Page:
Advancing airflow measurements in barns
Katlyn DeVoe, a graduate student in agricultural and biosystems engineering, is developing a light-weight, portable device to analyze the airflow of fans in barns that contain cattle or hogs.
The mapping tool is called SWEAP (Segmented Wand for Evaluating Airflow Performance) and is meant to be a supplemental tool to FANS, the traditional and most accurate airflow mapping system on the agricultural fans market. DeVoe says FANS can be cumbersome to use, making it difficult to measure multiple fans across multiple rooms and barns. That’s where SWEAP can help.
“Personnel can map multiple fans in quick succession using SWEAP, which is calibrated to be within 3–4% accuracy of the FANS unit,” she explains. “If a fan’s airflow measurement is questionable, they can then use the FANS unit to double check and then locate the problem to allow the fan to run at its maximum rated airflow capacity.”
DeVoe presented a paper on the research during the Annual International Meeting for ASABE this summer.
Innovative cooling technologies
The U.S. Department of Energy’s Ames Laboratory will be home to a new research consortium for more environmentally friendly refrigeration technologies. The consortium, named CaloriCool™, will develop caloric cooling technologies in partnership with other national laboratories, the private sector and universities. The work is sponsored by DOE’s Advanced Manufacturing Office (AMO).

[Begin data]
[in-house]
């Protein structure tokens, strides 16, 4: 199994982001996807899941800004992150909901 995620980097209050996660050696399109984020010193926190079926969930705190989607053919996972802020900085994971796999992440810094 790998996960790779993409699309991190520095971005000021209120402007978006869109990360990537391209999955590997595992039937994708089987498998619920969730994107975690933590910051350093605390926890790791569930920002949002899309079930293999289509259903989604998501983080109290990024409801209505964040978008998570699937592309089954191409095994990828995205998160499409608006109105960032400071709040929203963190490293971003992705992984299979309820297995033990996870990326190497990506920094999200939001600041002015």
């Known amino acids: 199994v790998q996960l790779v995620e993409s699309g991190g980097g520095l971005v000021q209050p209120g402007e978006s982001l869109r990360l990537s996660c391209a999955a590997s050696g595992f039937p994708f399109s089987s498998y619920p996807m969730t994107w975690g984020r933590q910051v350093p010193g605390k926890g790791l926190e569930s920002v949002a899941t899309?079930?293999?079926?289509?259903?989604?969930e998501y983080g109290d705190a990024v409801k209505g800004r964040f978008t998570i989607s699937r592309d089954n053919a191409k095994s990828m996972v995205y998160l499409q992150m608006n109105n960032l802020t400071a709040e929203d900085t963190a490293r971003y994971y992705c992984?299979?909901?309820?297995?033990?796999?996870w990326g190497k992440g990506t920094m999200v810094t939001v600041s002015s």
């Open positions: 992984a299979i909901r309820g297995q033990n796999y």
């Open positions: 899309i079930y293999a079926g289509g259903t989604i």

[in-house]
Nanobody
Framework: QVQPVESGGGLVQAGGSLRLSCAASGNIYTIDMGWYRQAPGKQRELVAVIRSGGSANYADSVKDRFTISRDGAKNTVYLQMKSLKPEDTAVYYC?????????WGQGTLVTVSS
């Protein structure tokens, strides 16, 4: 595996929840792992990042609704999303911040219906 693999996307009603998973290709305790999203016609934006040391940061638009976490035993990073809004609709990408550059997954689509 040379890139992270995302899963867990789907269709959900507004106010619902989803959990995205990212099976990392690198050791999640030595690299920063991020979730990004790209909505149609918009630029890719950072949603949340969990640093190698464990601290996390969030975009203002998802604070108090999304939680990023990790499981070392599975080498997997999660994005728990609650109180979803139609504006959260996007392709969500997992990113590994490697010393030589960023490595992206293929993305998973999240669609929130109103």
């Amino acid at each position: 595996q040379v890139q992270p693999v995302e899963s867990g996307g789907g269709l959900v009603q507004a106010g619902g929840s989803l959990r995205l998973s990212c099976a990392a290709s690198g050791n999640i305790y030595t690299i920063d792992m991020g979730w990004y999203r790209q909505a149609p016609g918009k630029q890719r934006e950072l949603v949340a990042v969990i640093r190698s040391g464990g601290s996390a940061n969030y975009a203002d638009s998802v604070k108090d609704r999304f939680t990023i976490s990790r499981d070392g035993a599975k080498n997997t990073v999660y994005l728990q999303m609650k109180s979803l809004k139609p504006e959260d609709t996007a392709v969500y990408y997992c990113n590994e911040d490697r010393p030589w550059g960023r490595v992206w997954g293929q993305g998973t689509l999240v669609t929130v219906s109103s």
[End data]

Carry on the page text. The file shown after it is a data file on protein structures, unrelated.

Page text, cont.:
Refrigeration today uses age-old technology of vapor-compression, which consumes excessive amounts of electricity and generates unnecessary heat. CaloriCool will develop new cooling technologies based on compounds called caloric materials, which can generate cooling when acted upon by magnetic, electric or mechanical forces. Compared to the traditional vapor-compression, caloric cooling could reduce the need for energy for cooling by 20–30% in the United States alone. Implementing this technology will allow refrigeration to become safer, quieter, and more compact, efficient and environmentally friendly.